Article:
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ORIGINAL ARTICLE
Year : 2015  |  Volume : 3  |  Issue : 3  |  Page : 156-162

Investigating the occupational accident rate in Mines and Industries due to change in official time in Iran, a month before and after the spring and summer changes


1 Clinical Tuberculosis and Epidemiology Research Center, Tehran, Iran
2 Lung Transplantation Research Center, National Research Institute of Tuberculosis and Lung Diseases (NRITLD), Shahid Beheshti University of Medical Sciences, Tehran; Research Institute of ShakhesPajouh, Isfahan, Iran
3 Faculty of Environment University of Tehran, Tehran, Iran

Correspondence Address:
Elham Ghazanchaei
Research Institute of Shakhes Pajouh, Isfahan
Iran
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Source of Support: None, Conflict of Interest: None


DOI: 10.4103/2347-9019.157389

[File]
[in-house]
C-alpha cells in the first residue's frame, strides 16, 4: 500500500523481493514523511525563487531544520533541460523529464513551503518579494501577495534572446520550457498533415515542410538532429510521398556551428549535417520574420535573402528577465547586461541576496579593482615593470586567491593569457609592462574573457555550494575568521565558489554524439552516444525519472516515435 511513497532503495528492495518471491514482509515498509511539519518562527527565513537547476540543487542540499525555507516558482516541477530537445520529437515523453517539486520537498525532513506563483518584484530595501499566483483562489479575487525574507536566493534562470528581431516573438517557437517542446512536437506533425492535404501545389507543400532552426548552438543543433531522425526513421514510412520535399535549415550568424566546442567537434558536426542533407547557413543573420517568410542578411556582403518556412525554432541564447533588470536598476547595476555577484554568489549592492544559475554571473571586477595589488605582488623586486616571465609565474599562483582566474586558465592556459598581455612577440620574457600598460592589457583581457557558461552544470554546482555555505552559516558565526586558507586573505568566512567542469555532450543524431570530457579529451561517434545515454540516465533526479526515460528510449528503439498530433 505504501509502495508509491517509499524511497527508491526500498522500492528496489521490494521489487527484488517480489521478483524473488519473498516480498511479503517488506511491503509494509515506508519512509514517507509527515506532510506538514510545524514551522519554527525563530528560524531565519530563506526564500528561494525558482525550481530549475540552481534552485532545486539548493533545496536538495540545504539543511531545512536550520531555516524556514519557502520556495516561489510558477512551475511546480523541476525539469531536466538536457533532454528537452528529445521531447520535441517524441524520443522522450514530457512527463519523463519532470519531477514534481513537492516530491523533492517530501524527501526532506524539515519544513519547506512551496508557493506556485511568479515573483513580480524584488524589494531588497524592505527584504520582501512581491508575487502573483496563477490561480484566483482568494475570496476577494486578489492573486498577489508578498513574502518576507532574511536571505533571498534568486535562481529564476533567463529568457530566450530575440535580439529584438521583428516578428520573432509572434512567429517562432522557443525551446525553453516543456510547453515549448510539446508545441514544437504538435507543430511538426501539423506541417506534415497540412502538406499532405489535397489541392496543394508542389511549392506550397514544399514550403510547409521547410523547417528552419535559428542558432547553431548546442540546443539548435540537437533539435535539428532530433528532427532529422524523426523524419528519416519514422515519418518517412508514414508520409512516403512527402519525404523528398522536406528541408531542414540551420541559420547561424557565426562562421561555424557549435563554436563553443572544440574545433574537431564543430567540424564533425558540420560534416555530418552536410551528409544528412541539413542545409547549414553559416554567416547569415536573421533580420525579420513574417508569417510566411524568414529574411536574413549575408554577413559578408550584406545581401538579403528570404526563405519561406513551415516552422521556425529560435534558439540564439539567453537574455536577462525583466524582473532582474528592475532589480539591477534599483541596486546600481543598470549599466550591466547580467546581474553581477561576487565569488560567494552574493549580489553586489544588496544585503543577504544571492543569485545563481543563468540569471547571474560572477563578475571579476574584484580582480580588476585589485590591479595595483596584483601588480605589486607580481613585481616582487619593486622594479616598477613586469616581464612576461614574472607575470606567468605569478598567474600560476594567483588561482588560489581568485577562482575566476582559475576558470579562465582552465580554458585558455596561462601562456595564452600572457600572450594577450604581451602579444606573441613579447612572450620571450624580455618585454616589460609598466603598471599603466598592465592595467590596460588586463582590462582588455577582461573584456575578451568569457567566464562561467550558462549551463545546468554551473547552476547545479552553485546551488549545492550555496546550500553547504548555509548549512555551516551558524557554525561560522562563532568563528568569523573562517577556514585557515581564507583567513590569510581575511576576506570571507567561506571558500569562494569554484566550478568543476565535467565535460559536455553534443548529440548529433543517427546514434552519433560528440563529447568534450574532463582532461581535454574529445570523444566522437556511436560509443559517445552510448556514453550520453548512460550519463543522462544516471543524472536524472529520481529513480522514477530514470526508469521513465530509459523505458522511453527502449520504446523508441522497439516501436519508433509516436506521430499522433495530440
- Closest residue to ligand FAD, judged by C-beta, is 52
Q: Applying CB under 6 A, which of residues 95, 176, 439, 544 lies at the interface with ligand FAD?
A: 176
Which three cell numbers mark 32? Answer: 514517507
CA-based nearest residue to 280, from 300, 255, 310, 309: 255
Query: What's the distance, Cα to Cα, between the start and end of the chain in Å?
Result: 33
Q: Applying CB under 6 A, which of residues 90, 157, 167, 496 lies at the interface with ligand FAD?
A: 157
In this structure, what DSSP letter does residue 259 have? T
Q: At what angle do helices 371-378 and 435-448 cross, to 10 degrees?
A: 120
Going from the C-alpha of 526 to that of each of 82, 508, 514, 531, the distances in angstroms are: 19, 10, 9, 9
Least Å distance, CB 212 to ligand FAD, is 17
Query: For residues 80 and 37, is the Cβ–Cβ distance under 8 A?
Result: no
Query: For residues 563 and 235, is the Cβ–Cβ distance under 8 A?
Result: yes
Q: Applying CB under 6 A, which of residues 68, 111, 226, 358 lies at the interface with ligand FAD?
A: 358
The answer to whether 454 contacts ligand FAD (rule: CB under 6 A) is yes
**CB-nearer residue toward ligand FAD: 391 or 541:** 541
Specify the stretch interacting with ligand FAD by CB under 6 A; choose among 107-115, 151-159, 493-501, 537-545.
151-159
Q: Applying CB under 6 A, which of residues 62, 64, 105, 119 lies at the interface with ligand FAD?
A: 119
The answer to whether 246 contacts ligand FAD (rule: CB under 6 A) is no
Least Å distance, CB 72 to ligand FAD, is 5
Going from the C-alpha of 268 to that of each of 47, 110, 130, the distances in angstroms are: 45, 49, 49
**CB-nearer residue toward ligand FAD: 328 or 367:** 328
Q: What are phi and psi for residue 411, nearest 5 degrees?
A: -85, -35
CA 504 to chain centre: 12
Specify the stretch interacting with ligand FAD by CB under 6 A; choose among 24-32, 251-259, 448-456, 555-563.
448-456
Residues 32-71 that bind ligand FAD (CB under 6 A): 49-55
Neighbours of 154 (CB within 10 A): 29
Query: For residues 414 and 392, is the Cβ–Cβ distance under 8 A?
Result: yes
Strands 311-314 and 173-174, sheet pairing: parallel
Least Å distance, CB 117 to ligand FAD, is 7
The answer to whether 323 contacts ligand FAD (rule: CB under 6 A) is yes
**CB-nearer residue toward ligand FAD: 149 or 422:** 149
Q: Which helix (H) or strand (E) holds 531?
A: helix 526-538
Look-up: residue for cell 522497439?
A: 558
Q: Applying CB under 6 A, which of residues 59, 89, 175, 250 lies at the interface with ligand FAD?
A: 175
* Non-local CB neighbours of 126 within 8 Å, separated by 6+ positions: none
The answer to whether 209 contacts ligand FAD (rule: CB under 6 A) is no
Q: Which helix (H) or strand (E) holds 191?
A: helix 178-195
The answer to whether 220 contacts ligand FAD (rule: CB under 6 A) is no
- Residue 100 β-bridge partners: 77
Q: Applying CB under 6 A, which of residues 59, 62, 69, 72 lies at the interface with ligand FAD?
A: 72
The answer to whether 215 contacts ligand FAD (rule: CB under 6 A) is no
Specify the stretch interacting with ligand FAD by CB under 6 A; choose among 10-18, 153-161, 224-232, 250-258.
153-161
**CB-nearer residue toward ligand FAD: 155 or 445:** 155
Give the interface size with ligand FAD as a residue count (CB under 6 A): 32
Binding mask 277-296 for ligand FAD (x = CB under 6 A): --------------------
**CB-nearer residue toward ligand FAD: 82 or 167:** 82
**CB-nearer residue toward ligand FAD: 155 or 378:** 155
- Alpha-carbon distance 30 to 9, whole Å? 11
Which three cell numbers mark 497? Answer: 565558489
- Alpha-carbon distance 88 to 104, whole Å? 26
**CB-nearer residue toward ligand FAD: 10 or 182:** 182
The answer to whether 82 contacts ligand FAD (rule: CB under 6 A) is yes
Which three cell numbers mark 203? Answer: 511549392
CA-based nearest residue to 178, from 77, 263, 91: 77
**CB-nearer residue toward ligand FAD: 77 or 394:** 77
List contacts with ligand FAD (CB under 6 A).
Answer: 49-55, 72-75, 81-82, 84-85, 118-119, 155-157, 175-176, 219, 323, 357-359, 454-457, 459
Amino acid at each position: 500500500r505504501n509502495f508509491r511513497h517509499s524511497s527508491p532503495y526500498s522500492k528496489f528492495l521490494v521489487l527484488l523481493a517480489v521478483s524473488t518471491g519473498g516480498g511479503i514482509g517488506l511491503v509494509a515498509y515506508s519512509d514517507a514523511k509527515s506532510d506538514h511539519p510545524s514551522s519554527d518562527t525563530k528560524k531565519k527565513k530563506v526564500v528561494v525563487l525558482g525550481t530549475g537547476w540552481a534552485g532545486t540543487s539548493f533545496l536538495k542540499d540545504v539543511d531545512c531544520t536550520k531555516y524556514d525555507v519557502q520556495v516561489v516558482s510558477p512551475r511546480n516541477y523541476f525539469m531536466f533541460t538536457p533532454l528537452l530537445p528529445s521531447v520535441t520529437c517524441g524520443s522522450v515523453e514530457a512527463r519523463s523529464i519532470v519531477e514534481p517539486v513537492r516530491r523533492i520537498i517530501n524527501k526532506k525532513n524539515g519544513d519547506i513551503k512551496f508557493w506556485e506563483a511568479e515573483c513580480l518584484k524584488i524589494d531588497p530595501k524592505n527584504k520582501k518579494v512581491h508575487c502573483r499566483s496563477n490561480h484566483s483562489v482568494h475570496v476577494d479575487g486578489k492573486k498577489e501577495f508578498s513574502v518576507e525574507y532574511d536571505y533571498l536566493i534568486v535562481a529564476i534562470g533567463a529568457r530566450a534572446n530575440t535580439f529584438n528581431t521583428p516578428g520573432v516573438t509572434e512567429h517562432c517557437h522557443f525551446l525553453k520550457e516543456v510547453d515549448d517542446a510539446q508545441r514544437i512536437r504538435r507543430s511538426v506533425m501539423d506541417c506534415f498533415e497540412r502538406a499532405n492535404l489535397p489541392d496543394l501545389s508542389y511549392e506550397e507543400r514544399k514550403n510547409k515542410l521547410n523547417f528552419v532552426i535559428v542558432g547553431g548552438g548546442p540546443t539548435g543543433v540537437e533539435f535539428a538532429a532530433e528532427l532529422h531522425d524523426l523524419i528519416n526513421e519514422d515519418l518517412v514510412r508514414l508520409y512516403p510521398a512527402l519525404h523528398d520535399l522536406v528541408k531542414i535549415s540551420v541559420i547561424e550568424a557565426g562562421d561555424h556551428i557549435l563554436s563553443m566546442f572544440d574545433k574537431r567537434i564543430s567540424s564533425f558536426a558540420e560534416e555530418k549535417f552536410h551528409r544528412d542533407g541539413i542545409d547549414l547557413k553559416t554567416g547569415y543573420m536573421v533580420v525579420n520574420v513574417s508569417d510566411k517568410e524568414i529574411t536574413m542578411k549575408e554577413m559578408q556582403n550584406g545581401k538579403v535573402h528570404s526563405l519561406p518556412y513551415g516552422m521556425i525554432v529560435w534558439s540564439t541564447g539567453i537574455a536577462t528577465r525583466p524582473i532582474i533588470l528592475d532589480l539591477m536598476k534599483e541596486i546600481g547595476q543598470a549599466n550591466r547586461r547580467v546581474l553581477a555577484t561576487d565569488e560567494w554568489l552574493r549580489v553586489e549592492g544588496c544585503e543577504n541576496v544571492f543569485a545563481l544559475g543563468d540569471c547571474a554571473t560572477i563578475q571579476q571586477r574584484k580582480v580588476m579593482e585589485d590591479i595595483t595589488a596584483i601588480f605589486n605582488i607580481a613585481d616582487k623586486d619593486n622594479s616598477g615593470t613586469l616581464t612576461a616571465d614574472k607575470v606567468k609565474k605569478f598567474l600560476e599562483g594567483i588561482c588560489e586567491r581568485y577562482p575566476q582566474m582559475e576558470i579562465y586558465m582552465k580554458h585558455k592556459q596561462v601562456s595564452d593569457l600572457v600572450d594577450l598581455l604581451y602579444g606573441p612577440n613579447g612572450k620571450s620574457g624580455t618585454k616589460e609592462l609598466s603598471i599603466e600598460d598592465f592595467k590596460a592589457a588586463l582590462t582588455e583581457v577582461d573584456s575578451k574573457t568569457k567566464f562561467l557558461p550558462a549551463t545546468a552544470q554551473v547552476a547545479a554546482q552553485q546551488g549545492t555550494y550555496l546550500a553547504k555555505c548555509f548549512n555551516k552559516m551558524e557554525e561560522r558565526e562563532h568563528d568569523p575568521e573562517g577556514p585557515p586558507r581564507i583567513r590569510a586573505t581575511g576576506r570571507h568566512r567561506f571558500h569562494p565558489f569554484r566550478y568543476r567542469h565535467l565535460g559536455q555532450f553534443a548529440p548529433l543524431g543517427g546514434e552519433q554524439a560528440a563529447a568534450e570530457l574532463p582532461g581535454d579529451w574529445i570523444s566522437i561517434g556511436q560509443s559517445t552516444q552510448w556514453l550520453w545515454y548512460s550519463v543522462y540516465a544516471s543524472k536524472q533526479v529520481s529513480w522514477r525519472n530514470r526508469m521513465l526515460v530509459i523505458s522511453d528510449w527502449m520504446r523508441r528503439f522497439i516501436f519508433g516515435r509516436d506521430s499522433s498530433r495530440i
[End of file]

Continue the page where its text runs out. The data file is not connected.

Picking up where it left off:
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Introduction: A quarter of the world's population experience one-hour change of time twice a year (due to daylight saving time or DST). Disruptions in the circadian rhythm may have harmful impacts on health. Circadian rhythm disruptions caused by changed biological clock lead to a change in sleep quality and length, which might result in accidents due to fatigue, headache, and loss of care and consciousness. Through transitions into and out of DST plan, the environmental and social clock change biannually. According to the review of literature, transition into and out of DST plan disrupts balance in circadian rhythm and may lead to sleep disruptions. Therefore, the aim of this study is to explore the effect of DST plan on the occupational accidents experienced by the workers in Mines and Mining Industries Development and Renovation of Organization in the months before and after DST transition. Materials and Methods: In this survey, using the databank of Iran's Organization for Development and Renovation of Mines and Mining Industries, we analyzed all occupational accidents during 9 years, from 2003 to 2011 in the months before (21 st February-20 th March and 23 rd August-22 nd September) and after DST (21 st March-21 st April and 23 rd September-23 rd October). Moreover, the year 2006 in which DST was not implemented in Iran was compared with other years. Results: The results yielded through statistical tests suggested that the number of occupational accidents had no significant increase in the months before and after DST during these 9 years, and there was no significant difference between 2006, when DST did not occur in Iran, and other years (P > 0.05). Conclusion: The study findings reveal that DST experienced by the workers at industrial factories, the risk of accidents and that of occurrence of severe occupational accidents do not significantly increase.


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